GALLUZZO: Well, you're - it's a little bit like asking me if I like a movie based on having watched the trailer because I really don't know what all the evidence is. And I'm not sure what was said behind the closed doors of the grand jury and what these witnesses know. So it's tough for me to handicap it. I'll say one thing. A lot of people are, you know, looking at this purely from the perspective of, what is the evidence? And what are the potential problems with the witnesses? And that's fine. But I think if you're really a knowledgeable trial lawyer, especially in Manhattan and you understand the landscape, one thing you can't ignore is just the impact of the jury pool on this decision because a case can be strong in Manhattan and weak in Staten Island. And, you know, certainly, it can be strong in New York and weak in Georgia based upon the people who are deciding whether or not someone is guilty or innocent. I mean, reasonable people can disagree about evidence.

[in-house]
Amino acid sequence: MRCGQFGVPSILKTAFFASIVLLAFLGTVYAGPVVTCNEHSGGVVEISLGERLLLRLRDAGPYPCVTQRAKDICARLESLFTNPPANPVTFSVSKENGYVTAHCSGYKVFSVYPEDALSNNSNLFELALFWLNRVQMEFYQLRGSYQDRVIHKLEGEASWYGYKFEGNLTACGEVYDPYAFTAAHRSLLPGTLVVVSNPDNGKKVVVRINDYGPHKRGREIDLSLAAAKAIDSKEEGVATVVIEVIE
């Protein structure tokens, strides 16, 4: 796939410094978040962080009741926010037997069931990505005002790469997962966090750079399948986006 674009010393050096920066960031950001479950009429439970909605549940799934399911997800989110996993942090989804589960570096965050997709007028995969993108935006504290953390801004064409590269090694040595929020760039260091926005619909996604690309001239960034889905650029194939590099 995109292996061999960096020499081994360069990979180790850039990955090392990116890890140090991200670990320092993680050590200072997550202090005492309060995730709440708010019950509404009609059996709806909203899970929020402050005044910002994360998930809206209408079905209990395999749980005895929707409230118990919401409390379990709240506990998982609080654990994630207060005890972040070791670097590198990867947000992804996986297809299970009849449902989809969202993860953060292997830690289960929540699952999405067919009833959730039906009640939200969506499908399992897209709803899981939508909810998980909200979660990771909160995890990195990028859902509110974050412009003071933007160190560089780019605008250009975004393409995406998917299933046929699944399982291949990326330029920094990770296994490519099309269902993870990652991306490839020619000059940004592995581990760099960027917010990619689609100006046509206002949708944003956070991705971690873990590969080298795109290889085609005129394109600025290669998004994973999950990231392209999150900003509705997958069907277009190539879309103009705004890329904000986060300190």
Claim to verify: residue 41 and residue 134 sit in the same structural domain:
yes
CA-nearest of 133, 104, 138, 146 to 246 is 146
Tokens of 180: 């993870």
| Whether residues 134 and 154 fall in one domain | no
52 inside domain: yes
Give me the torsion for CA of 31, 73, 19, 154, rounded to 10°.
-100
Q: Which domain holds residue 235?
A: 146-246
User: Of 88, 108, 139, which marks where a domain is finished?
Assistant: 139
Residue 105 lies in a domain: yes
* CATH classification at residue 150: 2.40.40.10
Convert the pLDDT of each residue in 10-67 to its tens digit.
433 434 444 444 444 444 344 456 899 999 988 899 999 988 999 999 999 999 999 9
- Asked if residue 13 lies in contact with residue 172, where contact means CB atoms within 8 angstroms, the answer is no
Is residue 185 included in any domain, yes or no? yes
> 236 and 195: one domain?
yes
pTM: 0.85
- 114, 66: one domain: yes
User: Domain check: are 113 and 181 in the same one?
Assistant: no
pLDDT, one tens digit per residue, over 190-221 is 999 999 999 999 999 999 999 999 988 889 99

But here in Manhattan, I mean, what kind of percentage of the vote did Donald Trump carry in the last presidential election? I mean, was it even double digits? He is extremely unpopular here. He is possibly the most despised person on the island. And there are going to be potential jurors in this trial who are going to consider it their moral imperative to convict him if they have the opportunity. And, you know, so to get 12 people to acquit him at trial in Manhattan, I think, is actually kind of a tall order for the defense. So I think the possibility of a conviction - I mean, listen; I don't know what the evidence is. But if I had to pick which side to be on, and I had to win to save my life, I would probably choose to be on the prosecution side simply because the jury pool in Manhattan is so, you know, incredibly against Donald Trump.
PFEIFFER: Well, is that a case, then, to have the case moved out of Manhattan?